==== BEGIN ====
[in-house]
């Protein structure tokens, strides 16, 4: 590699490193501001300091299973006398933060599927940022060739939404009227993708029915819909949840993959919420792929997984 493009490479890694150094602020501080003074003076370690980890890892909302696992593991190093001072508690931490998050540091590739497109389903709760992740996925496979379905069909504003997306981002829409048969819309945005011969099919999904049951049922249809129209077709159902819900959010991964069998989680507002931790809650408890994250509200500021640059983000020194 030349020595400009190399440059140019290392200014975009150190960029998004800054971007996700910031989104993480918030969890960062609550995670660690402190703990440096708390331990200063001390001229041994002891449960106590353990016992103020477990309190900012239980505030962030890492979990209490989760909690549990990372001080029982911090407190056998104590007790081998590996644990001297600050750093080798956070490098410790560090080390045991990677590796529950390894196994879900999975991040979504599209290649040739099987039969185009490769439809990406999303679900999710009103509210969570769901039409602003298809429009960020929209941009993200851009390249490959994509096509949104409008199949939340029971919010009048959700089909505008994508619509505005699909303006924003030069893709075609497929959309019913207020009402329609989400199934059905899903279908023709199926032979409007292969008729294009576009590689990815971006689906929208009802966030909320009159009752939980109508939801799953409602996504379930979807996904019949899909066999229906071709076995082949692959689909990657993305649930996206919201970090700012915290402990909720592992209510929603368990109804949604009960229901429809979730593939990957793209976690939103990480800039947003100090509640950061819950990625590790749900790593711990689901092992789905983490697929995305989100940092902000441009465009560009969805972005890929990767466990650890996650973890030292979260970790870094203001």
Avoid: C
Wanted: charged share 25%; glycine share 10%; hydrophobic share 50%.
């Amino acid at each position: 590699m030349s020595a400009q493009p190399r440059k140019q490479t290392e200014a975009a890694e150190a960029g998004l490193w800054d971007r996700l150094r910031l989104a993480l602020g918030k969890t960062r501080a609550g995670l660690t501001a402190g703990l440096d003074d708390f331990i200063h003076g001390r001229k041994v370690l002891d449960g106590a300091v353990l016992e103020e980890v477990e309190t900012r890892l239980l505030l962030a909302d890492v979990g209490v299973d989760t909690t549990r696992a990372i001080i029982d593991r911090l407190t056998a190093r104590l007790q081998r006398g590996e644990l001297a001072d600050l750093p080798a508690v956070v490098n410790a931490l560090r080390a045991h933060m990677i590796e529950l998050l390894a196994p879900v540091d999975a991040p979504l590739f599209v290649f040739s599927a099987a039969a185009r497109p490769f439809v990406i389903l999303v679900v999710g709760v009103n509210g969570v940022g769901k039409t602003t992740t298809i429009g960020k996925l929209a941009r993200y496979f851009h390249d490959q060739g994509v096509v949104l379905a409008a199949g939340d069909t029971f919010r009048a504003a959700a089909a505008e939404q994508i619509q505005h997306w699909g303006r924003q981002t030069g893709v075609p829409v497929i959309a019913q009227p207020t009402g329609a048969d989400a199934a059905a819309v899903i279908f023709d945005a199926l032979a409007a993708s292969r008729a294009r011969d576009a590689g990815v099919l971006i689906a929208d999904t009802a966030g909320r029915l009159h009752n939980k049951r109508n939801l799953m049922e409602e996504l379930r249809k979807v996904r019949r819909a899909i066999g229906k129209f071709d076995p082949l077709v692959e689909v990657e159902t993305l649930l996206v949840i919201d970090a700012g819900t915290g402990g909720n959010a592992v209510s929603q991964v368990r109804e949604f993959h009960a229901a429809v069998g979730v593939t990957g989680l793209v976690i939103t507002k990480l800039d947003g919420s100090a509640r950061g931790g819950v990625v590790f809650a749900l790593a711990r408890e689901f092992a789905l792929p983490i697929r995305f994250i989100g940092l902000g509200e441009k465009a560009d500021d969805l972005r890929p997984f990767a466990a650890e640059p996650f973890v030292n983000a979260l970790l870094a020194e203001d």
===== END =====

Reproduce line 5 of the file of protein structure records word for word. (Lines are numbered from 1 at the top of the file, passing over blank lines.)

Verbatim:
């Amino acid at each position: 590699m030349s020595a400009q493009p190399r440059k140019q490479t290392e200014a975009a890694e150190a960029g998004l490193w800054d971007r996700l150094r910031l989104a993480l602020g918030k969890t960062r501080a609550g995670l660690t501001a402190g703990l440096d003074d708390f331990i200063h003076g001390r001229k041994v370690l002891d449960g106590a300091v353990l016992e103020e980890v477990e309190t900012r890892l239980l505030l962030a909302d890492v979990g209490v299973d989760t909690t549990r696992a990372i001080i029982d593991r911090l407190t056998a190093r104590l007790q081998r006398g590996e644990l001297a001072d600050l750093p080798a508690v956070v490098n410790a931490l560090r080390a045991h933060m990677i590796e529950l998050l390894a196994p879900v540091d999975a991040p979504l590739f599209v290649f040739s599927a099987a039969a185009r497109p490769f439809v990406i389903l999303v679900v999710g709760v009103n509210g969570v940022g769901k039409t602003t992740t298809i429009g960020k996925l929209a941009r993200y496979f851009h390249d490959q060739g994509v096509v949104l379905a409008a199949g939340d069909t029971f919010r009048a504003a959700a089909a505008e939404q994508i619509q505005h997306w699909g303006r924003q981002t030069g893709v075609p829409v497929i959309a019913q009227p207020t009402g329609a048969d989400a199934a059905a819309v899903i279908f023709d945005a199926l032979a409007a993708s292969r008729a294009r011969d576009a590689g990815v099919l971006i689906a929208d999904t009802a966030g909320r029915l009159h009752n939980k049951r109508n939801l799953m049922e409602e996504l379930r249809k979807v996904r019949r819909a899909i066999g229906k129209f071709d076995p082949l077709v692959e689909v990657e159902t993305l649930l996206v949840i919201d970090a700012g819900t915290g402990g909720n959010a592992v209510s929603q991964v368990r109804e949604f993959h009960a229901a429809v069998g979730v593939t990957g989680l793209v976690i939103t507002k990480l800039d947003g919420s100090a509640r950061g931790g819950v990625v590790f809650a749900l790593a711990r408890e689901f092992a789905l792929p983490i697929r995305f994250i989100g940092l902000g509200e441009k465009a560009d500021d969805l972005r890929p997984f990767a466990a650890e640059p996650f973890v030292n983000a979260l970790l870094a020194e203001d």